They have been heavy burdens for Sabahans for more than 30 years. Judging from the information given, it is obvious that it is still on the talking stage with no firm commitments by the Federal Minister of Transport.
I suppose it will take time for Sabahans to see the finalised plan, policies, implementation and a firm, official financial commitment from the Minister of Transport.
Unless and until then, it is ‘work in progress’ or in simple English – uncertainty. We can wait.
After all Sabahans have endured in silence for so long. We are immunised to waiting.
I suppose another 30 years of Cabotage policy pain will not make any difference!
My open letter was addressed to the Minister of Transport which I hope he will find time to answer some of my questions. I am quite certain I am not alone in wanting the answers. My letter to the Minister is not directed to any party – only to the Minister, he being the elected MP and as Minister of Transport, is answerable to the people of Sabah as well as the shipowners.
I am 100pc in support of any or all solutions to solve problems related to the Cabotage Policy by Suria and Sabah Ports.
The latest ideas that have been given in the Sunday Express on 12th March 2017 are great.
They are being discussed and talked about now is because of years of hard work, lobbying, representations and painful rejections.
They don’t just simply happen. It is important to note and remember who have “dug the well” and now “who is drinking from it”. As I have said, Cabotage Policy has made Sabahans suffer for more than 30 years.
To reach the present conceptual stage, thanks should be given to Datuk Seri Panglima Wong Khen Thau and his group from Federation of Sabah Industries which has been at it persistently for 15 or more years.
Wong has been very vocal on this issue to ministers and politicians in private and public.
Nothing much has happened as they have been confronted with very powerful vested interests.
Luckily for Sabah, we have Datuk Musa as our Chief Minister. Quietly, he has worked his way through the Federal Government to soften its position on this matter.
Without Musa’s efforts, the status quo of “Cabotage Policy is not negotiable” would have continued.
Thanks to him, we are now beginning to see light in the tunnel.
Sabahans must not take things for granted that the problems of Cabotage Policy will go away anytime soon.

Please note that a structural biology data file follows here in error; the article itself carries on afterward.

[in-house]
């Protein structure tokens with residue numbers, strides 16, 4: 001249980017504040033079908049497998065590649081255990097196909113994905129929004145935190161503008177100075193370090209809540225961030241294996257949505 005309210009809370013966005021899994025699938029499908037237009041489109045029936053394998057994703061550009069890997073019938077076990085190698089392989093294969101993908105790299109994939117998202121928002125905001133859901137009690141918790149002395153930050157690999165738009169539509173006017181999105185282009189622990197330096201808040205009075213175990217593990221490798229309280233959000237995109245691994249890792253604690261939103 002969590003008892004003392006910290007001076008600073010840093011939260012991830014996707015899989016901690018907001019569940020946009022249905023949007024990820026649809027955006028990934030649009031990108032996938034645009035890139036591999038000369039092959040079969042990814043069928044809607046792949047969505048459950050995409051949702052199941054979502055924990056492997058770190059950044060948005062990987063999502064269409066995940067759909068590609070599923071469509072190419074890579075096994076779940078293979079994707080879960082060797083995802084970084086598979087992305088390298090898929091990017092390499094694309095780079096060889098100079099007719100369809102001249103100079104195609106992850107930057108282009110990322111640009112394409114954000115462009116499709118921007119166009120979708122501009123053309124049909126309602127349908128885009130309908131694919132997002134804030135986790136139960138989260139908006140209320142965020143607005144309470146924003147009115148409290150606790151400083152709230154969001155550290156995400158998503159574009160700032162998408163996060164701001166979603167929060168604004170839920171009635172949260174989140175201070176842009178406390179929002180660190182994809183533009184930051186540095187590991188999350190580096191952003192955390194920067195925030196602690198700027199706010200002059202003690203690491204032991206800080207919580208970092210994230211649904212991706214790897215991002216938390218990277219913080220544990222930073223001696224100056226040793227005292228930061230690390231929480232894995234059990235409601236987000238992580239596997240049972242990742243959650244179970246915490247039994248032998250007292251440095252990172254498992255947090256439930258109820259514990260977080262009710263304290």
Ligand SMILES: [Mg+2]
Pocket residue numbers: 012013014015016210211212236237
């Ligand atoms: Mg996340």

To underestimate the “powerful lobby” strength of the shipowners will be our biggest mistake.
To buttress their position, they have managed to convince the Federal Government to grant them the “block exemption from competition” despite strong objections from Sabahans. With this, protection they are unassailable.
Unless and until Sabahans can comprehend the real situation and be united, any chance of an equitable solution is very slim. Sabahans, especially those in opposition parties should therefore unite under Musa’s leadership to achieve an equitable solution to this huge economic problem. Make no mistake about it.
This is not a political problem that politicians should seek opportunistic advantage to gain support.
This is an economic issue that has affected all Sabahans for three decades.
All political parties, Chambers of Commerce and business NGOs should put aside politics, exhibit statesmanship and unite under Musa on whom we can place our hope of an equitable solution. We cannot afford to be divided on this issue as it will send a very wrong signal that we are weak to the Minister of Transport, Federal Government and ship owners.
Here are some good reasons why we must unite:
Long way to go for a final equitable solution: Like I have said, there is little concrete commitment from the Minister apart from his vague comments.
We can’t begin the celebration yet – a lot of water under the bridge has to flow between now and final decision/implementation. I have more faith in this whole thing if the PM can give us the quality of commitment like he has done on the Pan Borneo Highway.